Two-Dimensional Design Basics
The design of 2-D surveys has a history of more than 60 years. Most of the basic concepts of 2-D design apply to 3-D surveys and indeed are part of the preparation necessary to begin the 3-D design. In 2-D design, the logic is controlled by in-line mostly linear paths, whereas in 3-D design planar concepts must be considered. Costs are greater in 3-D design, so more care should be taken in optimizing costs versus resolution.
The guiding principle should be to design a seismic survey that will image the selected target. There are many ways to accomplish this, so the second criterion is to image the target in the most economical way for costs and time. There are many important input parameters, but the target depth may be the most influential. Offset range, dynamite charge size or vibration power, sample rate, filters, geophones, and subsurface coverage are all directly related to target depth. Resolution parameters, such as the frequency required to also image the target, are starting design factors. In most cases, the interpretation is based on more than the target horizon. Shallow horizons of interest and deeper horizons may be interpretational needs; thus, the definition of the representative horizons is the beginning of design.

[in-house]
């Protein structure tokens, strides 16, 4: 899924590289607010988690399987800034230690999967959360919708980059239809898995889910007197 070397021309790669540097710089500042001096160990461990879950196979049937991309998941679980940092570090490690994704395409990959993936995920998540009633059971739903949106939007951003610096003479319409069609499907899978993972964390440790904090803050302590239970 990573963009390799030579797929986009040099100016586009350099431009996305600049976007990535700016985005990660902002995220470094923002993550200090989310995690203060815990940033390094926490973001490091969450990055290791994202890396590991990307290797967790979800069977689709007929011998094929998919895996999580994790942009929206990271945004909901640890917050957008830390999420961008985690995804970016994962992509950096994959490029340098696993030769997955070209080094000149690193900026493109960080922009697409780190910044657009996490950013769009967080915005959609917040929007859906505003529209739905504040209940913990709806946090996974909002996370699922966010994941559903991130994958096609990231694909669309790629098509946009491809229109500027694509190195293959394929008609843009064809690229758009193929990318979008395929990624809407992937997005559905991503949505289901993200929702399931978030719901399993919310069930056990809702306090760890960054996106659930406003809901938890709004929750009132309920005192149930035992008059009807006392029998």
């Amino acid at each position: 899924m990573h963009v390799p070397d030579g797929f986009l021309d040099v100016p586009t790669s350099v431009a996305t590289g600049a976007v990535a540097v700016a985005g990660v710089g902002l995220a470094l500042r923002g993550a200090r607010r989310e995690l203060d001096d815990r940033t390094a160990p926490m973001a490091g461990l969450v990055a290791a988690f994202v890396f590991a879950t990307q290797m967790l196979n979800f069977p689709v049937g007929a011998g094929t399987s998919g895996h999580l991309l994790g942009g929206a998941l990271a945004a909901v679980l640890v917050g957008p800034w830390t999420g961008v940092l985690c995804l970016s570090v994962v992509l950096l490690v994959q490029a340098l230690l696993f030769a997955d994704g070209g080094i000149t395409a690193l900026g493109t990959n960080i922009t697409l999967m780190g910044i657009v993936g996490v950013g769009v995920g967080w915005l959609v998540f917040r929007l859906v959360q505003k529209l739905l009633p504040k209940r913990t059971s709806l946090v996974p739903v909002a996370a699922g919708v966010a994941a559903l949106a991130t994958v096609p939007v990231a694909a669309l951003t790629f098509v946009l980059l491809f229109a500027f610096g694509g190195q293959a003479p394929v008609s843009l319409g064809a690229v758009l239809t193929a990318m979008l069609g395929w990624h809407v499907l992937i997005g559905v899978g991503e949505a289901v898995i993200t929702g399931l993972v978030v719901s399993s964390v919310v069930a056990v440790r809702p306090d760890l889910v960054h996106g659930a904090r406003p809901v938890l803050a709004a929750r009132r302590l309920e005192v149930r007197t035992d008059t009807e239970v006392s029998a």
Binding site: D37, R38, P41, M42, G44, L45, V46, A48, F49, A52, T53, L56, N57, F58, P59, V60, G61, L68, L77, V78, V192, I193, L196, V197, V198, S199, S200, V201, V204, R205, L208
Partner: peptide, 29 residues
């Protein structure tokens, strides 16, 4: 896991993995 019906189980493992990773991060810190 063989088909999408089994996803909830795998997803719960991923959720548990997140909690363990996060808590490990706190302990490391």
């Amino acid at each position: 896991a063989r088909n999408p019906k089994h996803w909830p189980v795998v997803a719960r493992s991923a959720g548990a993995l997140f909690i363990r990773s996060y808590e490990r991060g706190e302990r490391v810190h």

Figures & Tables
“Written for both the nongeophysicist and the practicing geophysicist, this book collects many of the formulas, principles, concepts, and field approximations of seismic survey design. The basics of 2D and 3D design in this book offer an introduction to the nongeophysicist and provide a good review for the practicing geophysicist. Arrays, obstacles, and special problems are discussed, as are aspects introduced by 3D surveys. The author explores design attributes such as fold, costs, and field time.”